The Best Research Collaborator... Complements My Skills and Interests
Another important characteristic for a great collaborator has to do with what they bring to the table. That is, Huffcutt, Downey, and Matthews each noted that their best collaborator was someone who complemented their skills and interests, with strengths that offset their weaknesses. Matthews explained this in greater detail, noting, “my interests generally revolve around the methods and results sections. My weakest area is on the introduction side of things. Having someone who enjoys writing introductions while I work on the methods/results is ideal for me and leads to a more productive relationship.”
The Best Research Collaborator...Is a “Good Person”
Many of my ad hoc panel noted some intangible, interpersonal qualities that created a good collaborator. For example, Jones noted that his best collaborator “always treated others’ ideas with genuine respect, good humor, and occasionally enthusiasm.” Similarly, Park described her best collaborator as one who “did not focus on his or her ego but instead focused on constructive discussion if there’s any differences in opinions and perspectives to write up a paper.” Respect, from Kausel’s view, and worthy of the good collaborator designation, is manifested in part through actions: “If s/he’s the first author, s/he sends updates about what’s going on with the paper.” Finally, taking a more holistic approach, and one that I personally like and can relate to, Huffcutt commented that the best collaborator he has worked with “became a friend along the way.”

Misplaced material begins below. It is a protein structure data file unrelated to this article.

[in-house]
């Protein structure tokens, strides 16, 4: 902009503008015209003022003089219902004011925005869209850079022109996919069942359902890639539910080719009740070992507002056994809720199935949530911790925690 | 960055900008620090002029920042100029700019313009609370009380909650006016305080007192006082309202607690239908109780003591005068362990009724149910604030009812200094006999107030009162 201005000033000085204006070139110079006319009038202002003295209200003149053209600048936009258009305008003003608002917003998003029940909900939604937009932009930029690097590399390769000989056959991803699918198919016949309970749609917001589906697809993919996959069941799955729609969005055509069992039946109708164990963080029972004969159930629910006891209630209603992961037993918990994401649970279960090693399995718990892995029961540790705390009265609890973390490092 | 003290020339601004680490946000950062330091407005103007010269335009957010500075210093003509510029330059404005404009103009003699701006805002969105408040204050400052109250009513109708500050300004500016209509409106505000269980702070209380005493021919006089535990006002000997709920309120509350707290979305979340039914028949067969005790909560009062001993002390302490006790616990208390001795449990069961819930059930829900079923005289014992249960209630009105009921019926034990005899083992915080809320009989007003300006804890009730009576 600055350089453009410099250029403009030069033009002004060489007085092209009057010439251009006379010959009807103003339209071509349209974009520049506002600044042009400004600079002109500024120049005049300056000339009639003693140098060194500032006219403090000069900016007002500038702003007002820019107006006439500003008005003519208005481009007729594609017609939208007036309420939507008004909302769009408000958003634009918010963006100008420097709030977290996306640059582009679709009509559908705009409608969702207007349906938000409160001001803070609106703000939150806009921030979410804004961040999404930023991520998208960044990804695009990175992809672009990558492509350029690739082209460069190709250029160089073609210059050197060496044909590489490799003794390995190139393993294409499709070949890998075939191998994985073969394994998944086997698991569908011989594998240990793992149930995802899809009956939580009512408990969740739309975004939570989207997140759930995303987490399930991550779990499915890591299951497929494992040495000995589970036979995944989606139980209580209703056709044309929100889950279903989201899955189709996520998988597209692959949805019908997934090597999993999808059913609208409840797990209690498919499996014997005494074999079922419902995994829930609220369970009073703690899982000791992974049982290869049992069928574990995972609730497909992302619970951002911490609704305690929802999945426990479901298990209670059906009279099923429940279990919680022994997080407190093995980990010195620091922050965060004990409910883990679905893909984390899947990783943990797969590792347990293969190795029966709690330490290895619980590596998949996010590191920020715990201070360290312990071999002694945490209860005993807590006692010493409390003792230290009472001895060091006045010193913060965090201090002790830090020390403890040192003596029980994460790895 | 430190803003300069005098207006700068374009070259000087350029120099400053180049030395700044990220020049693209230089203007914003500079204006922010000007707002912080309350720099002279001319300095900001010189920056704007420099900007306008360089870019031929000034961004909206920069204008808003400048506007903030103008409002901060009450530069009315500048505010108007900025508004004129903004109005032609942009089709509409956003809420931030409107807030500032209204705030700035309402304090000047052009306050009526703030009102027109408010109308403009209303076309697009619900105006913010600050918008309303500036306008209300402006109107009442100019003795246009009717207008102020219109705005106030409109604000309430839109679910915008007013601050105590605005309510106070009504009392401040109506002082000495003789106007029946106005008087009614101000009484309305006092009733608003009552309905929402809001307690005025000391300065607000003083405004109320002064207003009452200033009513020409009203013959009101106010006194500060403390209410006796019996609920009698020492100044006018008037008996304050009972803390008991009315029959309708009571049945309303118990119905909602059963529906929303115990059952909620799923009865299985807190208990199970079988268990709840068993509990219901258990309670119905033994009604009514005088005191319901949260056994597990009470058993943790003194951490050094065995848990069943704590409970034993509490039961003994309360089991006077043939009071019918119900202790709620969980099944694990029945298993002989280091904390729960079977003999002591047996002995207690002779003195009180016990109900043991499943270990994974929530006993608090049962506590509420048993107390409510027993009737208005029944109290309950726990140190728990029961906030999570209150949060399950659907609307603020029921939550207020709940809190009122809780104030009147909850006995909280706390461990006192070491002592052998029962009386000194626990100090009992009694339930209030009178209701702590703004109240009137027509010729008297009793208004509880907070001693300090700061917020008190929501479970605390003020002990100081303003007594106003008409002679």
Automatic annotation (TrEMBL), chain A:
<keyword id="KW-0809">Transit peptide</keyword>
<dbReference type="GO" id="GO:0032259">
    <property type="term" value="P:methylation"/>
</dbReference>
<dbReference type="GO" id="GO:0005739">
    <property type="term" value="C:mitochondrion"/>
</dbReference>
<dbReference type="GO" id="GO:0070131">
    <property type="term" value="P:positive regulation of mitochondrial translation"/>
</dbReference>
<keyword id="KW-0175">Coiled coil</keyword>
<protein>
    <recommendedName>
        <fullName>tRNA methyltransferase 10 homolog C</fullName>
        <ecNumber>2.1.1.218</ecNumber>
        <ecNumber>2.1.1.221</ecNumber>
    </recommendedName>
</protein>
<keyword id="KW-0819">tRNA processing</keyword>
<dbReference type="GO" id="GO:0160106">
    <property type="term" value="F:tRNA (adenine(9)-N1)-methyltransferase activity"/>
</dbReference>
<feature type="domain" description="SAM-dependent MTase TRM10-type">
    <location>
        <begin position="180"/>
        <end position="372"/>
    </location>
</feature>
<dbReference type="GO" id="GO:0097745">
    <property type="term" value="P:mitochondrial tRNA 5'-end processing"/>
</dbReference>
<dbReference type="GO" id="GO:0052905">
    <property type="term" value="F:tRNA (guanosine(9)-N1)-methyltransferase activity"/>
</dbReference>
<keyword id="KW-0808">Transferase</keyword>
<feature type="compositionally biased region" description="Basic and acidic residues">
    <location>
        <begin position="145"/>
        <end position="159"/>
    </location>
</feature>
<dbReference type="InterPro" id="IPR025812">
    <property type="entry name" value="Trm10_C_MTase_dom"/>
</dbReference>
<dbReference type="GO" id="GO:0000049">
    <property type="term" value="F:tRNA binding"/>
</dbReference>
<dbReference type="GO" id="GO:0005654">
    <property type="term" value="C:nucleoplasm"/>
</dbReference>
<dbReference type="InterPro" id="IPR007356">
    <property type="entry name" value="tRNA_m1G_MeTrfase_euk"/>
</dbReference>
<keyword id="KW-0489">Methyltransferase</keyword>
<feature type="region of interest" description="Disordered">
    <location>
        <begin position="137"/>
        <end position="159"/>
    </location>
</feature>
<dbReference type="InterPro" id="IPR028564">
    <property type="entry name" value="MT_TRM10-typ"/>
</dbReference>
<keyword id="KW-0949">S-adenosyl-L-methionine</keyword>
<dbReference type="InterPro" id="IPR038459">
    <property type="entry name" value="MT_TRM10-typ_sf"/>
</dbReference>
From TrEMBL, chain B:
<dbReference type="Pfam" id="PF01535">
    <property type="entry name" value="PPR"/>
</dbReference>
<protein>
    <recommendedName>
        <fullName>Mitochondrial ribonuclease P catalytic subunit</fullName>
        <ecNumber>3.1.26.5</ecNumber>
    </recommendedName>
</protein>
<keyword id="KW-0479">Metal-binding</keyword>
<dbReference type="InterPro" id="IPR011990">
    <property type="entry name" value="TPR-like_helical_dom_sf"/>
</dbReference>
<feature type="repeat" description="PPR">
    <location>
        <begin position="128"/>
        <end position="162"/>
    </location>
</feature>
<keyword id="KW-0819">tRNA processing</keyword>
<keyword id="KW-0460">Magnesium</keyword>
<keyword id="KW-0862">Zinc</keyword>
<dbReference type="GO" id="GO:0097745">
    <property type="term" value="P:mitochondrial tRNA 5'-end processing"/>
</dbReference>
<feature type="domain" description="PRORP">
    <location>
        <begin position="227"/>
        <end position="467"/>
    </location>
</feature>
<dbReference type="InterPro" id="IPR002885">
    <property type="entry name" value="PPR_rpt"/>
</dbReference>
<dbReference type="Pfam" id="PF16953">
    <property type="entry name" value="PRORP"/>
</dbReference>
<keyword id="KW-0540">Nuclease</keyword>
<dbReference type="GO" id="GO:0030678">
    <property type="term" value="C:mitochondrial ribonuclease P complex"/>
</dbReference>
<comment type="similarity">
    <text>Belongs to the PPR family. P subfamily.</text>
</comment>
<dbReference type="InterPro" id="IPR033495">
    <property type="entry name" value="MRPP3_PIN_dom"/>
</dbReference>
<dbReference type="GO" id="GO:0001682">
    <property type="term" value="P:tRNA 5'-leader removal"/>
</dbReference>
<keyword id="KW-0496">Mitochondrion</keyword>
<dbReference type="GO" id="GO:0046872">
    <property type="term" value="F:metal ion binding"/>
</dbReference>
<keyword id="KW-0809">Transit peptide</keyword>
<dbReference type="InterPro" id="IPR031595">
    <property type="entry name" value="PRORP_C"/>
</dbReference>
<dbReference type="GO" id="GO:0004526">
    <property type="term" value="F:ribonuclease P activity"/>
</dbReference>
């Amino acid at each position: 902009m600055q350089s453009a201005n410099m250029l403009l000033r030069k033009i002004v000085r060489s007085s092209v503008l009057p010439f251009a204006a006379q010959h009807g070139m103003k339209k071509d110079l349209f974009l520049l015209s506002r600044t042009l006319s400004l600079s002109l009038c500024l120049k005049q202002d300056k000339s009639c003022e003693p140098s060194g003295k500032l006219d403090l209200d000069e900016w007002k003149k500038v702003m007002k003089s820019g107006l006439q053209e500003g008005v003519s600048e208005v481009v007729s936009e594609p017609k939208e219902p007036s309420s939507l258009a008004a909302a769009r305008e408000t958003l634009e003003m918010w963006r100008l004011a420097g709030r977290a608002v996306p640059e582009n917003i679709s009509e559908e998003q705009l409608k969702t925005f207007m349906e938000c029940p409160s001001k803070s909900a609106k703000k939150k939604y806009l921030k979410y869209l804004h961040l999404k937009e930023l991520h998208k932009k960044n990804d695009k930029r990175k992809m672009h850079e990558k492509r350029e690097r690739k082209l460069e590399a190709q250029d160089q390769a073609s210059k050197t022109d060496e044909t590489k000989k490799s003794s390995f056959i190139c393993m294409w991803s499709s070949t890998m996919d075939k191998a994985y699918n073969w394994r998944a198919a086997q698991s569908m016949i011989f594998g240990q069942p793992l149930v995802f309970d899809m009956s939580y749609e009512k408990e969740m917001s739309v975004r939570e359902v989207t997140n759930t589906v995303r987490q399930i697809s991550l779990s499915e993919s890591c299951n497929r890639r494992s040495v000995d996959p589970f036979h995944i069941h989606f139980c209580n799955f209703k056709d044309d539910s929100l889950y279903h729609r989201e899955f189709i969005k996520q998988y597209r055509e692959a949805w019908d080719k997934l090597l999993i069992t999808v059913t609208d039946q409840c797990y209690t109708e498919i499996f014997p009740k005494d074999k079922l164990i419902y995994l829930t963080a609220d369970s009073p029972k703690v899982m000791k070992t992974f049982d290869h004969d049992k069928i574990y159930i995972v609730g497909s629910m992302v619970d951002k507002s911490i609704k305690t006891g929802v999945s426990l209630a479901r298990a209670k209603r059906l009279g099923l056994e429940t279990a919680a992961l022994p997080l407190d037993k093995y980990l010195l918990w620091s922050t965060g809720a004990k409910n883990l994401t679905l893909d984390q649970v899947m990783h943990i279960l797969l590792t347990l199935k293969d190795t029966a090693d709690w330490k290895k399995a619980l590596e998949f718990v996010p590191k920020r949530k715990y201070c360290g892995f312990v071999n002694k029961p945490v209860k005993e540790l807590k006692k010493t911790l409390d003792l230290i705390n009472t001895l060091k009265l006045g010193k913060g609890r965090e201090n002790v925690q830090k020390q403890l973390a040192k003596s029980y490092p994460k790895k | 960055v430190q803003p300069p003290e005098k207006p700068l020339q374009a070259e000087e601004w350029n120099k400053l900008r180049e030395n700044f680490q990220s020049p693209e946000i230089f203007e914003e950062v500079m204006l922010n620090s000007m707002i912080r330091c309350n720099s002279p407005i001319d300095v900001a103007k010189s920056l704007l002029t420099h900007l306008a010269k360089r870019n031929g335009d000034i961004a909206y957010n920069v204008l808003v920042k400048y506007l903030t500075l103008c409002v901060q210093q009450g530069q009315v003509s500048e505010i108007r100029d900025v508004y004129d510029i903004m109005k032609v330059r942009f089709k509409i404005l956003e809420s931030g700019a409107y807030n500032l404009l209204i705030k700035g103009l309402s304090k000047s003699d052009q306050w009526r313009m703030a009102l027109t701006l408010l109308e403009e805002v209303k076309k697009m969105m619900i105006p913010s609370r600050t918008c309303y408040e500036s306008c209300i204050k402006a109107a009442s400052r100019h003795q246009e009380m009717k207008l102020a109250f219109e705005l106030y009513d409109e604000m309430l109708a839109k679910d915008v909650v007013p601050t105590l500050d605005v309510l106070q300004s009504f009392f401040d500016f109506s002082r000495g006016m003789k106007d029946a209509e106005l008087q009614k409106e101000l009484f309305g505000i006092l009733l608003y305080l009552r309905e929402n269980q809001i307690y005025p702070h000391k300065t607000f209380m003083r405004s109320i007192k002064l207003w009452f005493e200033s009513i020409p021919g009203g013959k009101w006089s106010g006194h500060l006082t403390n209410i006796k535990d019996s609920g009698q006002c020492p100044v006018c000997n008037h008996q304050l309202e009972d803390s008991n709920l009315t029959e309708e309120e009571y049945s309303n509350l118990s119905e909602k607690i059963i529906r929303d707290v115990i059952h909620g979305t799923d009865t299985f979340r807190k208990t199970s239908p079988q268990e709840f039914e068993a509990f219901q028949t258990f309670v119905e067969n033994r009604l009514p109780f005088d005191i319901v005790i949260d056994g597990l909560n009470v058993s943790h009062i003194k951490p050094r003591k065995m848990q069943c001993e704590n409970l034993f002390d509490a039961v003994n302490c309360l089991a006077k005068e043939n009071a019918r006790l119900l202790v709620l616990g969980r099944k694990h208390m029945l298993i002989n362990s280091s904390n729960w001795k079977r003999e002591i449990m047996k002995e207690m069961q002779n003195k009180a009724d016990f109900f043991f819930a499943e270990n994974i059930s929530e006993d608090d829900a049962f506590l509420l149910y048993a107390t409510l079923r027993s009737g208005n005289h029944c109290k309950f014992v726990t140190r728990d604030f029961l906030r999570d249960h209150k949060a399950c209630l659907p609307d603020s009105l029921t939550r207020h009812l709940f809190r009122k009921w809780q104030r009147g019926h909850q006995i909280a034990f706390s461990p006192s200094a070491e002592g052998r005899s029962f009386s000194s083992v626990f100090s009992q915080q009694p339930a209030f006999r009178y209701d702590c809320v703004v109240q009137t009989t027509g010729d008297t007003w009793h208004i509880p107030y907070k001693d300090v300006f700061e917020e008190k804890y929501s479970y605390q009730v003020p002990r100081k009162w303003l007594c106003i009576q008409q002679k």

The Best Research Collaborator... Can Give and Receive Constructive Criticism